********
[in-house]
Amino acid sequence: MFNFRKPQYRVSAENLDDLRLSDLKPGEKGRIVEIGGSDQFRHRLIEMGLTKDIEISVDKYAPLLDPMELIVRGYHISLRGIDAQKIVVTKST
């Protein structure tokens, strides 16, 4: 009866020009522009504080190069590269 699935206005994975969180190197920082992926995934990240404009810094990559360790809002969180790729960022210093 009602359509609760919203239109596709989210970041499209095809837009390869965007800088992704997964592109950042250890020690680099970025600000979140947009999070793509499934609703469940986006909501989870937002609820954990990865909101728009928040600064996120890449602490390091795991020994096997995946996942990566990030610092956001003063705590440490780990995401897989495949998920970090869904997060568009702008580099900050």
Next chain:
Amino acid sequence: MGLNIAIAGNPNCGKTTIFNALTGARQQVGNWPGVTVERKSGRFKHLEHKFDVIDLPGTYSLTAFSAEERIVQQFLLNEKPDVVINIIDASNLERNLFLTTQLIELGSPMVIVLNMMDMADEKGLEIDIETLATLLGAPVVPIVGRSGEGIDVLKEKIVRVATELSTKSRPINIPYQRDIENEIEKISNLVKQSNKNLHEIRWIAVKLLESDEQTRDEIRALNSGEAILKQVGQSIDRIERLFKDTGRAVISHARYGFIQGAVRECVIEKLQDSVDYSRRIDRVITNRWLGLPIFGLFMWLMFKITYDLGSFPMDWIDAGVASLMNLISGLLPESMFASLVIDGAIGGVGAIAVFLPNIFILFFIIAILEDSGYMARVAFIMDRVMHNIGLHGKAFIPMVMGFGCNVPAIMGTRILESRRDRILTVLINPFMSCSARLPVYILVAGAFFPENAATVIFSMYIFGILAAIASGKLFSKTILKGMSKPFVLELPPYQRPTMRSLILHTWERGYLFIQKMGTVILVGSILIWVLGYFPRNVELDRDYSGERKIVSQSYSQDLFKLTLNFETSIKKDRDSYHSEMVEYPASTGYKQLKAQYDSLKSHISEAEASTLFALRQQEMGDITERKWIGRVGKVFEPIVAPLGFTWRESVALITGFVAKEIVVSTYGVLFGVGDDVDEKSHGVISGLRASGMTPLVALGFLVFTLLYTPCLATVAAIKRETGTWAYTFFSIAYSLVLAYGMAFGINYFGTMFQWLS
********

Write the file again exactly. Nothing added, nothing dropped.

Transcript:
[in-house]
Amino acid sequence: MFNFRKPQYRVSAENLDDLRLSDLKPGEKGRIVEIGGSDQFRHRLIEMGLTKDIEISVDKYAPLLDPMELIVRGYHISLRGIDAQKIVVTKST
């Protein structure tokens, strides 16, 4: 009866020009522009504080190069590269 699935206005994975969180190197920082992926995934990240404009810094990559360790809002969180790729960022210093 009602359509609760919203239109596709989210970041499209095809837009390869965007800088992704997964592109950042250890020690680099970025600000979140947009999070793509499934609703469940986006909501989870937002609820954990990865909101728009928040600064996120890449602490390091795991020994096997995946996942990566990030610092956001003063705590440490780990995401897989495949998920970090869904997060568009702008580099900050």
Next chain:
Amino acid sequence: MGLNIAIAGNPNCGKTTIFNALTGARQQVGNWPGVTVERKSGRFKHLEHKFDVIDLPGTYSLTAFSAEERIVQQFLLNEKPDVVINIIDASNLERNLFLTTQLIELGSPMVIVLNMMDMADEKGLEIDIETLATLLGAPVVPIVGRSGEGIDVLKEKIVRVATELSTKSRPINIPYQRDIENEIEKISNLVKQSNKNLHEIRWIAVKLLESDEQTRDEIRALNSGEAILKQVGQSIDRIERLFKDTGRAVISHARYGFIQGAVRECVIEKLQDSVDYSRRIDRVITNRWLGLPIFGLFMWLMFKITYDLGSFPMDWIDAGVASLMNLISGLLPESMFASLVIDGAIGGVGAIAVFLPNIFILFFIIAILEDSGYMARVAFIMDRVMHNIGLHGKAFIPMVMGFGCNVPAIMGTRILESRRDRILTVLINPFMSCSARLPVYILVAGAFFPENAATVIFSMYIFGILAAIASGKLFSKTILKGMSKPFVLELPPYQRPTMRSLILHTWERGYLFIQKMGTVILVGSILIWVLGYFPRNVELDRDYSGERKIVSQSYSQDLFKLTLNFETSIKKDRDSYHSEMVEYPASTGYKQLKAQYDSLKSHISEAEASTLFALRQQEMGDITERKWIGRVGKVFEPIVAPLGFTWRESVALITGFVAKEIVVSTYGVLFGVGDDVDEKSHGVISGLRASGMTPLVALGFLVFTLLYTPCLATVAAIKRETGTWAYTFFSIAYSLVLAYGMAFGINYFGTMFQWLS